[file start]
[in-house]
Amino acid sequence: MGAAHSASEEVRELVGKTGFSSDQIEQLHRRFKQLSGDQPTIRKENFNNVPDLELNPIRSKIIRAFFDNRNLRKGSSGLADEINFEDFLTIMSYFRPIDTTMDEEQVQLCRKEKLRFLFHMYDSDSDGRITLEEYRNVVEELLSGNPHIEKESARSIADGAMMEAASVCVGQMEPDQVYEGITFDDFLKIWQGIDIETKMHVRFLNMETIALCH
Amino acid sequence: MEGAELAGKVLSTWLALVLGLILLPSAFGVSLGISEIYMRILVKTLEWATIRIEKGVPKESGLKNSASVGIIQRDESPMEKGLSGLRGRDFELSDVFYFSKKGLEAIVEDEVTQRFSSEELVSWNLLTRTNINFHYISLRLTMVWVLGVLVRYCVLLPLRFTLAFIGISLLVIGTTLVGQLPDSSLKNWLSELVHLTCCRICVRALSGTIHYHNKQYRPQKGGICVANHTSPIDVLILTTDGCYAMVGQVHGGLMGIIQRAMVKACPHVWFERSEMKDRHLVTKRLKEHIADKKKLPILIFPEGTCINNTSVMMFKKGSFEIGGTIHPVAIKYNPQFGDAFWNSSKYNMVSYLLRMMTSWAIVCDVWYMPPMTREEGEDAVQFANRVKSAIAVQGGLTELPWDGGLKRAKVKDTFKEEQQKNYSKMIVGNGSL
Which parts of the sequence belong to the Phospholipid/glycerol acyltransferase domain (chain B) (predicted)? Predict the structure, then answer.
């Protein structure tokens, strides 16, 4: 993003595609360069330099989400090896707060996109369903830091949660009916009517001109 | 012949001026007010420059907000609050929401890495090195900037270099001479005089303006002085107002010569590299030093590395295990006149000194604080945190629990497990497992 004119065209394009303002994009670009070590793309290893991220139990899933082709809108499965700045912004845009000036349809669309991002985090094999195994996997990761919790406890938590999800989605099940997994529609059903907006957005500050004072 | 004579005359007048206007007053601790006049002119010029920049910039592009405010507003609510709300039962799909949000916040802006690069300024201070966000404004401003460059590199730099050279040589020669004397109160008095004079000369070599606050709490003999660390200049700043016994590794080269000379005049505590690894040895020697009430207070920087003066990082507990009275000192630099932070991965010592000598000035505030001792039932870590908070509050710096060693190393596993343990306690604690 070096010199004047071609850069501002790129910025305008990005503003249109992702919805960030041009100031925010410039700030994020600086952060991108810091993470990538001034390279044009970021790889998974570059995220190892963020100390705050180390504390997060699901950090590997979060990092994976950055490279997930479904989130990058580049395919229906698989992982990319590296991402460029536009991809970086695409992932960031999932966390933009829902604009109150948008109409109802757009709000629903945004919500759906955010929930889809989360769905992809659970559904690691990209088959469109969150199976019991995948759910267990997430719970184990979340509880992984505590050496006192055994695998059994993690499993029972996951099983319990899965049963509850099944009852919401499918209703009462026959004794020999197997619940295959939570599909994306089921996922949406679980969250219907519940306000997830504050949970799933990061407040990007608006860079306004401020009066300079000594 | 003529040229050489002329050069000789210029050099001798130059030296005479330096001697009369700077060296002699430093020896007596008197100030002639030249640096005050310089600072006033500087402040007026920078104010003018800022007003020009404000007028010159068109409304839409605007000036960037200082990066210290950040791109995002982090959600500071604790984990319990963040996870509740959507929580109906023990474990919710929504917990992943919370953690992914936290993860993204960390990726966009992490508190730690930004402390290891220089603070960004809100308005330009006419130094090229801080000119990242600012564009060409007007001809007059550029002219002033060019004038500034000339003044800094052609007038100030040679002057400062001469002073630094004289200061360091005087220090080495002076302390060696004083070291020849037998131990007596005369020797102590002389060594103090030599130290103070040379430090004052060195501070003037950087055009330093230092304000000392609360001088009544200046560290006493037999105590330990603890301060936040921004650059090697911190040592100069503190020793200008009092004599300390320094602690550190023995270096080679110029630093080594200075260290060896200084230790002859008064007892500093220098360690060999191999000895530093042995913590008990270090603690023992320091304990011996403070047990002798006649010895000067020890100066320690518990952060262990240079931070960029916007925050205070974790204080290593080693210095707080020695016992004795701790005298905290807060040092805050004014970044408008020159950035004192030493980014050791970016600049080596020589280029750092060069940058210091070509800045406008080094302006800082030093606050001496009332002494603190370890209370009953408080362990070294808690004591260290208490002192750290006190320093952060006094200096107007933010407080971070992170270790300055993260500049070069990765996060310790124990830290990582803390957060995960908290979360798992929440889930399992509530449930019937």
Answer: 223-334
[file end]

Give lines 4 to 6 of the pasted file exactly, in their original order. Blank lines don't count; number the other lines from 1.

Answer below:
Which parts of the sequence belong to the Phospholipid/glycerol acyltransferase domain (chain B) (predicted)? Predict the structure, then answer.
């Protein structure tokens, strides 16, 4: 993003595609360069330099989400090896707060996109369903830091949660009916009517001109 | 012949001026007010420059907000609050929401890495090195900037270099001479005089303006002085107002010569590299030093590395295990006149000194604080945190629990497990497992 004119065209394009303002994009670009070590793309290893991220139990899933082709809108499965700045912004845009000036349809669309991002985090094999195994996997990761919790406890938590999800989605099940997994529609059903907006957005500050004072 | 004579005359007048206007007053601790006049002119010029920049910039592009405010507003609510709300039962799909949000916040802006690069300024201070966000404004401003460059590199730099050279040589020669004397109160008095004079000369070599606050709490003999660390200049700043016994590794080269000379005049505590690894040895020697009430207070920087003066990082507990009275000192630099932070991965010592000598000035505030001792039932870590908070509050710096060693190393596993343990306690604690 070096010199004047071609850069501002790129910025305008990005503003249109992702919805960030041009100031925010410039700030994020600086952060991108810091993470990538001034390279044009970021790889998974570059995220190892963020100390705050180390504390997060699901950090590997979060990092994976950055490279997930479904989130990058580049395919229906698989992982990319590296991402460029536009991809970086695409992932960031999932966390933009829902604009109150948008109409109802757009709000629903945004919500759906955010929930889809989360769905992809659970559904690691990209088959469109969150199976019991995948759910267990997430719970184990979340509880992984505590050496006192055994695998059994993690499993029972996951099983319990899965049963509850099944009852919401499918209703009462026959004794020999197997619940295959939570599909994306089921996922949406679980969250219907519940306000997830504050949970799933990061407040990007608006860079306004401020009066300079000594 | 003529040229050489002329050069000789210029050099001798130059030296005479330096001697009369700077060296002699430093020896007596008197100030002639030249640096005050310089600072006033500087402040007026920078104010003018800022007003020009404000007028010159068109409304839409605007000036960037200082990066210290950040791109995002982090959600500071604790984990319990963040996870509740959507929580109906023990474990919710929504917990992943919370953690992914936290993860993204960390990726966009992490508190730690930004402390290891220089603070960004809100308005330009006419130094090229801080000119990242600012564009060409007007001809007059550029002219002033060019004038500034000339003044800094052609007038100030040679002057400062001469002073630094004289200061360091005087220090080495002076302390060696004083070291020849037998131990007596005369020797102590002389060594103090030599130290103070040379430090004052060195501070003037950087055009330093230092304000000392609360001088009544200046560290006493037999105590330990603890301060936040921004650059090697911190040592100069503190020793200008009092004599300390320094602690550190023995270096080679110029630093080594200075260290060896200084230790002859008064007892500093220098360690060999191999000895530093042995913590008990270090603690023992320091304990011996403070047990002798006649010895000067020890100066320690518990952060262990240079931070960029916007925050205070974790204080290593080693210095707080020695016992004795701790005298905290807060040092805050004014970044408008020159950035004192030493980014050791970016600049080596020589280029750092060069940058210091070509800045406008080094302006800082030093606050001496009332002494603190370890209370009953408080362990070294808690004591260290208490002192750290006190320093952060006094200096107007933010407080971070992170270790300055993260500049070069990765996060310790124990830290990582803390957060995960908290979360798992929440889930399992509530449930019937």
Answer: 223-334